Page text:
By Dr David Whitehouse
BBC News Online science editor
The US space agency (Nasa) is about to destroy its long-serving Galileo spacecraft in Jupiter's atmosphere.
Impression of Galileo's end
On Sunday, the probe will plunge into the giant planet's stormy clouds to be consumed by heat and pressure.
Despite some technical glitches, Galileo has studied Jupiter and its moons for far longer than was planned.
It has to be destroyed so that any stowaway microbes on the probe do not contaminate Europa, one of Jupiter's moons, on which there may be life.
Protecting Europa is important as it is widely believed to be a promising habitat for life.
Were bacteria from Earth to infect Europa, perhaps in pools of water warmed by the radioactive plutonium the spacecraft uses to generate electricity, it would compromise future attempts to investigate the moon for indigenous life.
"It seems like a good place where, potentially, you can have life and it also seems like a place where Earth life would find it a nice place to live," says John Rummel, Nasa's planetary protection officer.
Nasa usually scrubs its spacecraft clean of microbes to prevent contamination of other places in the Solar System.
A sulphur plume rises above Io
But that was not done with Galileo, which Nasa originally intended to leave in orbit around Jupiter.
However, the promise of Europa, and the possibility that Galileo could have accidentally collided with it, convinced Nasa to destroy the spacecraft.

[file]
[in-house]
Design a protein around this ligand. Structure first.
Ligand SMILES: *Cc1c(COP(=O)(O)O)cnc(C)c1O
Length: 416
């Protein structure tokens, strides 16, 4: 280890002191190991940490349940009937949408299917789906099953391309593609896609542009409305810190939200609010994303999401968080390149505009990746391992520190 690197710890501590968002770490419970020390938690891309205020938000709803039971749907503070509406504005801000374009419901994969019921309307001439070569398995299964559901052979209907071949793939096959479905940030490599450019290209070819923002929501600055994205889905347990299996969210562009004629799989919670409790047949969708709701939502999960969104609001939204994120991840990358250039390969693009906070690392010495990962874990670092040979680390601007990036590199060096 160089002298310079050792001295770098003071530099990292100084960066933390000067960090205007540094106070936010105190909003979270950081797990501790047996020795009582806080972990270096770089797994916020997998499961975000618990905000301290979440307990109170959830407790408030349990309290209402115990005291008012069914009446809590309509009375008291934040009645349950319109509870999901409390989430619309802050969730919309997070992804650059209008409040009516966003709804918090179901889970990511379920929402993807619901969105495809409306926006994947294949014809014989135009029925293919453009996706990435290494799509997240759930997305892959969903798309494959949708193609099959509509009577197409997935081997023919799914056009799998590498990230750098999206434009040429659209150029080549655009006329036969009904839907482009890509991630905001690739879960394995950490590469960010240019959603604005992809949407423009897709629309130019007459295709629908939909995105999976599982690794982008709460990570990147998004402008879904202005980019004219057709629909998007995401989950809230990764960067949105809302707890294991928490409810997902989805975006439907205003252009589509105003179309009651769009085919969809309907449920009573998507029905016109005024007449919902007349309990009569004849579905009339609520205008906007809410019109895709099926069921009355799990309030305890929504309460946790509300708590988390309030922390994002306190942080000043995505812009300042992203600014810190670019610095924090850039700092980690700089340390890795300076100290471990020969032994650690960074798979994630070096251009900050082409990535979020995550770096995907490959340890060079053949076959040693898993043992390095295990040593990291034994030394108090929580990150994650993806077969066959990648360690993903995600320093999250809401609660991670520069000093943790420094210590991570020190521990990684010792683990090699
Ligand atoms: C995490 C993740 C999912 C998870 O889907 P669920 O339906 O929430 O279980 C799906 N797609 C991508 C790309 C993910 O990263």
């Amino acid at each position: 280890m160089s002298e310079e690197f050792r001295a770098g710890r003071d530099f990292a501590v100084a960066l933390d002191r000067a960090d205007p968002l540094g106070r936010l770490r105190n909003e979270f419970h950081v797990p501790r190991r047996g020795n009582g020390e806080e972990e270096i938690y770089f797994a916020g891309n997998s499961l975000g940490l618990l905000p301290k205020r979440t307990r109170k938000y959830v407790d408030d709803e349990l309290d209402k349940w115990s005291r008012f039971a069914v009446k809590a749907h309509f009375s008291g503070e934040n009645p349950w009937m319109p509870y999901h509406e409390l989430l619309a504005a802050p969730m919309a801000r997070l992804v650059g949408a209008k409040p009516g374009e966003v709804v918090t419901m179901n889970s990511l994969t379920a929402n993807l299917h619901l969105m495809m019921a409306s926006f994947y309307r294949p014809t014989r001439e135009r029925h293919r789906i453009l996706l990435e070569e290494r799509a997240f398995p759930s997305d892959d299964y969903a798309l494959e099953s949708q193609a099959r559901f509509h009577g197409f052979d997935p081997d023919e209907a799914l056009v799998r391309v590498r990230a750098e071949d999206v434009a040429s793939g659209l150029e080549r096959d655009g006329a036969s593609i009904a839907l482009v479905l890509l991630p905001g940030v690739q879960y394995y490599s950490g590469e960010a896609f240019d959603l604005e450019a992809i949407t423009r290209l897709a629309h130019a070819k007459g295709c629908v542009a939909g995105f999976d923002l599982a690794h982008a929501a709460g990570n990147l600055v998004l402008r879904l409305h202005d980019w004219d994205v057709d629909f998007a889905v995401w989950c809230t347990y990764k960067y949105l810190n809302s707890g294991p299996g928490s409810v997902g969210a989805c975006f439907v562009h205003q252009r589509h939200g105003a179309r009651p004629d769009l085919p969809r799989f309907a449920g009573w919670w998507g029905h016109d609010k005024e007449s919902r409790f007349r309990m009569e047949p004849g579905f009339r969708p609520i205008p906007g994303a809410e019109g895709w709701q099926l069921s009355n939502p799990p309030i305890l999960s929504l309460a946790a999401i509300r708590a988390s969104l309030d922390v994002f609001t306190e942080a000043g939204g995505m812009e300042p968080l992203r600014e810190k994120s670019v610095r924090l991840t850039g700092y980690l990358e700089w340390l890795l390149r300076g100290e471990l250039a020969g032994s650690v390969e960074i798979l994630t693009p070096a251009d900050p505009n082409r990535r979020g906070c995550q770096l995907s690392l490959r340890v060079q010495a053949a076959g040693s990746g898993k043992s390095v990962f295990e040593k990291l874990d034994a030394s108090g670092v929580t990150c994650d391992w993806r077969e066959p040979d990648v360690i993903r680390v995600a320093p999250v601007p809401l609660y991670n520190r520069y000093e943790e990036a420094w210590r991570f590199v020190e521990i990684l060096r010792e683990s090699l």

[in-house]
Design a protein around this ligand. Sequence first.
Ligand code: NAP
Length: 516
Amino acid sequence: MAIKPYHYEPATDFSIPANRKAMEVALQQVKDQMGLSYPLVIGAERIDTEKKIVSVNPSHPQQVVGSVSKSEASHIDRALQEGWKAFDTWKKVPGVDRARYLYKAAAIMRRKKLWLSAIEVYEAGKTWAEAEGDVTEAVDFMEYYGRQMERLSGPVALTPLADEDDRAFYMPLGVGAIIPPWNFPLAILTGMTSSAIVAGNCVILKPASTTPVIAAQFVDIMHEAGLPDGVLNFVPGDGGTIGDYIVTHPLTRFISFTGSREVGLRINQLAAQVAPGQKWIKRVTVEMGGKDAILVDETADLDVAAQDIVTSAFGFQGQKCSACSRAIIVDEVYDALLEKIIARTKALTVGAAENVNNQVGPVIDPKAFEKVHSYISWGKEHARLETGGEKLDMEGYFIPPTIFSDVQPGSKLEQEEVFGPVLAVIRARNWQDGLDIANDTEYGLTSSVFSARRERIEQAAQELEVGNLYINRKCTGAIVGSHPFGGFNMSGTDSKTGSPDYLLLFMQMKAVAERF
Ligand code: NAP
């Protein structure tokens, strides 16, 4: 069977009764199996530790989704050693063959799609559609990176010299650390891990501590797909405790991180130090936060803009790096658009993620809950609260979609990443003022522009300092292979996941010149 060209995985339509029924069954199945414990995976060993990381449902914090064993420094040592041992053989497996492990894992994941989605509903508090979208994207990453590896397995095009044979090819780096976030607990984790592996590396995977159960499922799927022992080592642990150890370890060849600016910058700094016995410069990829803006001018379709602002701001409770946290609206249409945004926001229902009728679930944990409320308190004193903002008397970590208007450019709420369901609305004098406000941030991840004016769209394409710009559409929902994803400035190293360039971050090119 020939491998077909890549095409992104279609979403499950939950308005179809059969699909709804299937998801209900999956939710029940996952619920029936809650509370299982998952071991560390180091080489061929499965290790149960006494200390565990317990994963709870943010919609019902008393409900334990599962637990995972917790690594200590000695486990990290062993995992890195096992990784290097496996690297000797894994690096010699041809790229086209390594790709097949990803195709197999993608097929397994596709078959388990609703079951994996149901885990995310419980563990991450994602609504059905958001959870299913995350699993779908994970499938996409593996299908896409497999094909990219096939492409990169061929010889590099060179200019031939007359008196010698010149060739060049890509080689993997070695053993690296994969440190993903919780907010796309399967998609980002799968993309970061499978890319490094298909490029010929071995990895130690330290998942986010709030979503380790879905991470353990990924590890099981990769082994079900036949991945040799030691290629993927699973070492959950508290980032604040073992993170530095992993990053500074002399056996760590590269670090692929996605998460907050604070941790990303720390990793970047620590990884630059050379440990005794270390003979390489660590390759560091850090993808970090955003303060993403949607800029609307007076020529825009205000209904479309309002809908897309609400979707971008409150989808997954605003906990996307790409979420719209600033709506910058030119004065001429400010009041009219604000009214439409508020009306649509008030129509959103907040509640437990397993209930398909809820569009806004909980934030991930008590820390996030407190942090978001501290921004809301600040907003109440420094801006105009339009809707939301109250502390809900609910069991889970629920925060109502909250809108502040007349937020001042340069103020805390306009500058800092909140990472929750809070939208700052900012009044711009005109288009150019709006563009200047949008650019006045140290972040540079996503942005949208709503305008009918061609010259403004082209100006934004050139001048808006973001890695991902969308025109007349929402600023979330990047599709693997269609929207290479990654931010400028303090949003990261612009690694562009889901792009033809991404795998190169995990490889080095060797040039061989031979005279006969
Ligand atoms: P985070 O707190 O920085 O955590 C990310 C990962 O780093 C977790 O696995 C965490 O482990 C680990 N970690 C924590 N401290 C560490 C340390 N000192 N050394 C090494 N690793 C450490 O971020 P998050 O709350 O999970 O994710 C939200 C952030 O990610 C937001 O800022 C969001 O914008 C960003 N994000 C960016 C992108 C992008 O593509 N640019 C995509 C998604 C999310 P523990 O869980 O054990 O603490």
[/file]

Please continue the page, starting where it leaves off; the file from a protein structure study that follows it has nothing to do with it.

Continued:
"We in our infinite wisdom thought nothing could survive in those harsh environments, but we are learning every day about things that can," says Claudia Alexander, Galileo's latest project manager.
The 14-year mission has been among Nasa's most successful, despite a few technical problems.
Shortly before Galileo arrived at Jupiter in 1995, it released a small probe that plunged into the planet's atmosphere to return a "weather report" for the gas giant.
Astronomers believe that the probe plunged into an unusually hot and dry region of the planet's clouds.
During its very first orbit of Jupiter, Galileo passed Io and revealed how the tiny moon had changed since the Voyager flyby of 1979.
In particular, close-up images of the Ra Petara volcano showed sulphur lava flows emerging from a central caldera.
Above the volcano, Galileo, complemented by observations made by the Hubble Space Telescope, scrutinised a blue plume 100 kilometres (60 miles) high, composed of sulphur dioxide gas and snow.
Life could exist on ice-crusted Europa
Even on its final orbit, Galileo observed Io's most powerful volcano, Loki, in infrared light, seeing freshly exposed material on the shores of a lava lake.
Another highlight has been the moon Europa. This ice-crusted world, covered in ridges and plates, may have a warm water ocean, and perhaps life, beneath its icy surface.
'The flavour of a wake'
Galileo also looked at small, elongated moons that, judging from the large craters that pepper them, have barely survived to the present time.
The swirling atmosphere of Jupiter was also a key object of study. Galileo made some extensive observations of its equatorial cloud belts and circulating ovals of clouds, some of which had long lifetimes.
Nasa hopes to obtain some more scientific measurements from Galileo before its demise.
When the end does come, scientists and engineers associated with the mission are expected to gather to mark the occasion.
"It will have some of the flavour of a wake," says Claudia Alexander.